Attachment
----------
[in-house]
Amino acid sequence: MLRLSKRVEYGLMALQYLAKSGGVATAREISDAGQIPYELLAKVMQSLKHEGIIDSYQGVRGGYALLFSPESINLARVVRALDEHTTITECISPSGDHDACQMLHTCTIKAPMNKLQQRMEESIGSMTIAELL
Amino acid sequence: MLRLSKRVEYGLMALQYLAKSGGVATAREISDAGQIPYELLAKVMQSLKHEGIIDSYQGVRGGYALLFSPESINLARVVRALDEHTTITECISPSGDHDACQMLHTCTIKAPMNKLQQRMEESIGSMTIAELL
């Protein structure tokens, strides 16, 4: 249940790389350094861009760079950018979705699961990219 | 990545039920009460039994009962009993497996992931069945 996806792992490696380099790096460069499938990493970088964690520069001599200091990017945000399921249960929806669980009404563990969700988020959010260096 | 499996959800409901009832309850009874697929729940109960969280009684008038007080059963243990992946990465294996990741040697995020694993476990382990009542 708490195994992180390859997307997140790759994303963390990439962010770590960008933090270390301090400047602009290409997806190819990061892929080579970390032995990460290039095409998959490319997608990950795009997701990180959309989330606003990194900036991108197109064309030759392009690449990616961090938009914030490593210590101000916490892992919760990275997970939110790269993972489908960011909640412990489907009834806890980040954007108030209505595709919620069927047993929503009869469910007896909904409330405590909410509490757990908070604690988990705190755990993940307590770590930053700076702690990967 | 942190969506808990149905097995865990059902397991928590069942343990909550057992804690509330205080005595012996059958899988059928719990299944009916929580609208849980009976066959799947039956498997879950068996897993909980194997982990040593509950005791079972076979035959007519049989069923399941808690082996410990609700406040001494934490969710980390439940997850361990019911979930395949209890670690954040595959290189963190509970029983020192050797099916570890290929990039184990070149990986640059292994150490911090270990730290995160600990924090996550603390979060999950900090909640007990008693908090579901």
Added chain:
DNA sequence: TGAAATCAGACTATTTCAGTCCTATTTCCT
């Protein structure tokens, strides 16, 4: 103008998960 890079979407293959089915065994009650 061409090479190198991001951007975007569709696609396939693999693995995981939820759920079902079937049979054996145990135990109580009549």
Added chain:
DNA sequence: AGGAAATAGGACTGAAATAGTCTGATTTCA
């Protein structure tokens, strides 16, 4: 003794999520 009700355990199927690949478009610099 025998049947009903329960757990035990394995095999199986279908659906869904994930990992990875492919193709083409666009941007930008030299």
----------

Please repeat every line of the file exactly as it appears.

[in-house]
Amino acid sequence: MLRLSKRVEYGLMALQYLAKSGGVATAREISDAGQIPYELLAKVMQSLKHEGIIDSYQGVRGGYALLFSPESINLARVVRALDEHTTITECISPSGDHDACQMLHTCTIKAPMNKLQQRMEESIGSMTIAELL
Amino acid sequence: MLRLSKRVEYGLMALQYLAKSGGVATAREISDAGQIPYELLAKVMQSLKHEGIIDSYQGVRGGYALLFSPESINLARVVRALDEHTTITECISPSGDHDACQMLHTCTIKAPMNKLQQRMEESIGSMTIAELL
């Protein structure tokens, strides 16, 4: 249940790389350094861009760079950018979705699961990219 | 990545039920009460039994009962009993497996992931069945 996806792992490696380099790096460069499938990493970088964690520069001599200091990017945000399921249960929806669980009404563990969700988020959010260096 | 499996959800409901009832309850009874697929729940109960969280009684008038007080059963243990992946990465294996990741040697995020694993476990382990009542 708490195994992180390859997307997140790759994303963390990439962010770590960008933090270390301090400047602009290409997806190819990061892929080579970390032995990460290039095409998959490319997608990950795009997701990180959309989330606003990194900036991108197109064309030759392009690449990616961090938009914030490593210590101000916490892992919760990275997970939110790269993972489908960011909640412990489907009834806890980040954007108030209505595709919620069927047993929503009869469910007896909904409330405590909410509490757990908070604690988990705190755990993940307590770590930053700076702690990967 | 942190969506808990149905097995865990059902397991928590069942343990909550057992804690509330205080005595012996059958899988059928719990299944009916929580609208849980009976066959799947039956498997879950068996897993909980194997982990040593509950005791079972076979035959007519049989069923399941808690082996410990609700406040001494934490969710980390439940997850361990019911979930395949209890670690954040595959290189963190509970029983020192050797099916570890290929990039184990070149990986640059292994150490911090270990730290995160600990924090996550603390979060999950900090909640007990008693908090579901």
Added chain:
DNA sequence: TGAAATCAGACTATTTCAGTCCTATTTCCT
């Protein structure tokens, strides 16, 4: 103008998960 890079979407293959089915065994009650 061409090479190198991001951007975007569709696609396939693999693995995981939820759920079902079937049979054996145990135990109580009549």
Added chain:
DNA sequence: AGGAAATAGGACTGAAATAGTCTGATTTCA
């Protein structure tokens, strides 16, 4: 003794999520 009700355990199927690949478009610099 025998049947009903329960757990035990394995095999199986279908659906869904994930990992990875492919193709083409666009941007930008030299």